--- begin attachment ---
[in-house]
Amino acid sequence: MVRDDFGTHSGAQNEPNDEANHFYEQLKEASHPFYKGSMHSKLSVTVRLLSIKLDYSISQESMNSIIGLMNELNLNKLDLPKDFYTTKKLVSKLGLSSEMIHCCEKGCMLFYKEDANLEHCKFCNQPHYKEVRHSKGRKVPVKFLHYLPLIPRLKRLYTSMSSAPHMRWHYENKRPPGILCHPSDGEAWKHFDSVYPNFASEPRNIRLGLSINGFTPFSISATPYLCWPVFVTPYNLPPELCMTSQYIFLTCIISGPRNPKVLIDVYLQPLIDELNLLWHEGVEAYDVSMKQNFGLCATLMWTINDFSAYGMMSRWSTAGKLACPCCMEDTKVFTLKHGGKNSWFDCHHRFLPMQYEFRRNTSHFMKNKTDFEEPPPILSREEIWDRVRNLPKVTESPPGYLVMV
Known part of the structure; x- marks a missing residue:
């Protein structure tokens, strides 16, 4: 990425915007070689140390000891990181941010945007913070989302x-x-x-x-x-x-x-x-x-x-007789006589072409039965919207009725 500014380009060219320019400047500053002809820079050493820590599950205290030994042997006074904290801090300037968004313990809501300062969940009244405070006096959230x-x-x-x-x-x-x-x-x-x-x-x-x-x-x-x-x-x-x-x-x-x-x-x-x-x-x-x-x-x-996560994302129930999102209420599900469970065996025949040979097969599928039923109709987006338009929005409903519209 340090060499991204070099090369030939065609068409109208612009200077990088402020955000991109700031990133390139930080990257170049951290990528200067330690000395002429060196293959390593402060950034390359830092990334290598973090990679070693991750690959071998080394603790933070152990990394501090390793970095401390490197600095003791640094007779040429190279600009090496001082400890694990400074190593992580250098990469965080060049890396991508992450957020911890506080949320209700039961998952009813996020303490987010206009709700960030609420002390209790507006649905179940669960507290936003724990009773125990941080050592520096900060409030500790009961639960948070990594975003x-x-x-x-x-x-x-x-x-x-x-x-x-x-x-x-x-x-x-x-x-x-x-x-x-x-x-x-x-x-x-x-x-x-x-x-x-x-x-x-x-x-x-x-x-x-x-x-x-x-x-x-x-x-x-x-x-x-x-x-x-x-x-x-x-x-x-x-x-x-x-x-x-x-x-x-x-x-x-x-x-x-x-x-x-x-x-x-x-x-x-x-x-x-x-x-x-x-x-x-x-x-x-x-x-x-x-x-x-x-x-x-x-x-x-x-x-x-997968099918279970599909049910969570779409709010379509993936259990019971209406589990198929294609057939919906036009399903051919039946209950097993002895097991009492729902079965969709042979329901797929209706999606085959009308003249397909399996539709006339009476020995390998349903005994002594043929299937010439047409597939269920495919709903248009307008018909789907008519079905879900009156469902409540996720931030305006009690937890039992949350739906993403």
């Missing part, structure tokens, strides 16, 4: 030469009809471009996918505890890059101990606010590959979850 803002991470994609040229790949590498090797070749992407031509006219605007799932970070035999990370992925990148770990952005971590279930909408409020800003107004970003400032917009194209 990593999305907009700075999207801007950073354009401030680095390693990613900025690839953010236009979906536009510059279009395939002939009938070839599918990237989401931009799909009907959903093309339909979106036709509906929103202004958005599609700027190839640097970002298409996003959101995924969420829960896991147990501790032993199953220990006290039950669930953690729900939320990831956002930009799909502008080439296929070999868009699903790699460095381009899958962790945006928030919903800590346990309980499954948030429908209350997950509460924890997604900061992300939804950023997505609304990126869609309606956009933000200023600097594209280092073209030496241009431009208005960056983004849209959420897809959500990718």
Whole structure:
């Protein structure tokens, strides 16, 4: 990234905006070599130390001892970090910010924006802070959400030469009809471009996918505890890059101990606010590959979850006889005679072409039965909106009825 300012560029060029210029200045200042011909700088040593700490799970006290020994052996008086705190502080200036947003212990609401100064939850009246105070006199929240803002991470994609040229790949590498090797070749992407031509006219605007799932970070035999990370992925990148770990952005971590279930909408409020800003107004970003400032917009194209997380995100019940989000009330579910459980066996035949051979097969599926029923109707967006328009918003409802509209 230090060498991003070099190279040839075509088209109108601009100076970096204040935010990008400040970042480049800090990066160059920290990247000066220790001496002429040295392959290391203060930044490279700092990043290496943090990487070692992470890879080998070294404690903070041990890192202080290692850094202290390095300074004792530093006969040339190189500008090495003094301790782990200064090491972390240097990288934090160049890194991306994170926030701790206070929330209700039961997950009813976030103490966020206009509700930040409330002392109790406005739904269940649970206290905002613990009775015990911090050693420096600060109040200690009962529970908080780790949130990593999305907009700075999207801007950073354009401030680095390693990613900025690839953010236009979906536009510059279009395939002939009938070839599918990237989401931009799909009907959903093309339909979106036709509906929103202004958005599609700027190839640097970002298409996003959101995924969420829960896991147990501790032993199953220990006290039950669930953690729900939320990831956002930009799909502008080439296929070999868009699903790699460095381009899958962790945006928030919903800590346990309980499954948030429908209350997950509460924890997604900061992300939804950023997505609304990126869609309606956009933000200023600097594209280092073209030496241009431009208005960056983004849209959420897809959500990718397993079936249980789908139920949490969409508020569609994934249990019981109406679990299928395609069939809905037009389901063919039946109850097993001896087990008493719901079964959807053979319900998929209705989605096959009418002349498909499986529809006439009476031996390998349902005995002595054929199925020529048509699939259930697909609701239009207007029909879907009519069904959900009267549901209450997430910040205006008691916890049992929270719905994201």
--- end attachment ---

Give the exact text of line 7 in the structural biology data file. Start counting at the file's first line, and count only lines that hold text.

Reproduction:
């Protein structure tokens, strides 16, 4: 990234905006070599130390001892970090910010924006802070959400030469009809471009996918505890890059101990606010590959979850006889005679072409039965909106009825 300012560029060029210029200045200042011909700088040593700490799970006290020994052996008086705190502080200036947003212990609401100064939850009246105070006199929240803002991470994609040229790949590498090797070749992407031509006219605007799932970070035999990370992925990148770990952005971590279930909408409020800003107004970003400032917009194209997380995100019940989000009330579910459980066996035949051979097969599926029923109707967006328009918003409802509209 230090060498991003070099190279040839075509088209109108601009100076970096204040935010990008400040970042480049800090990066160059920290990247000066220790001496002429040295392959290391203060930044490279700092990043290496943090990487070692992470890879080998070294404690903070041990890192202080290692850094202290390095300074004792530093006969040339190189500008090495003094301790782990200064090491972390240097990288934090160049890194991306994170926030701790206070929330209700039961997950009813976030103490966020206009509700930040409330002392109790406005739904269940649970206290905002613990009775015990911090050693420096600060109040200690009962529970908080780790949130990593999305907009700075999207801007950073354009401030680095390693990613900025690839953010236009979906536009510059279009395939002939009938070839599918990237989401931009799909009907959903093309339909979106036709509906929103202004958005599609700027190839640097970002298409996003959101995924969420829960896991147990501790032993199953220990006290039950669930953690729900939320990831956002930009799909502008080439296929070999868009699903790699460095381009899958962790945006928030919903800590346990309980499954948030429908209350997950509460924890997604900061992300939804950023997505609304990126869609309606956009933000200023600097594209280092073209030496241009431009208005960056983004849209959420897809959500990718397993079936249980789908139920949490969409508020569609994934249990019981109406679990299928395609069939809905037009389901063919039946109850097993001896087990008493719901079964959807053979319900998929209705989605096959009418002349498909499986529809006439009476031996390998349902005995002595054929199925020529048509699939259930697909609701239009207007029909879907009519069904959900009267549901209450997430910040205006008691916890049992929270719905994201």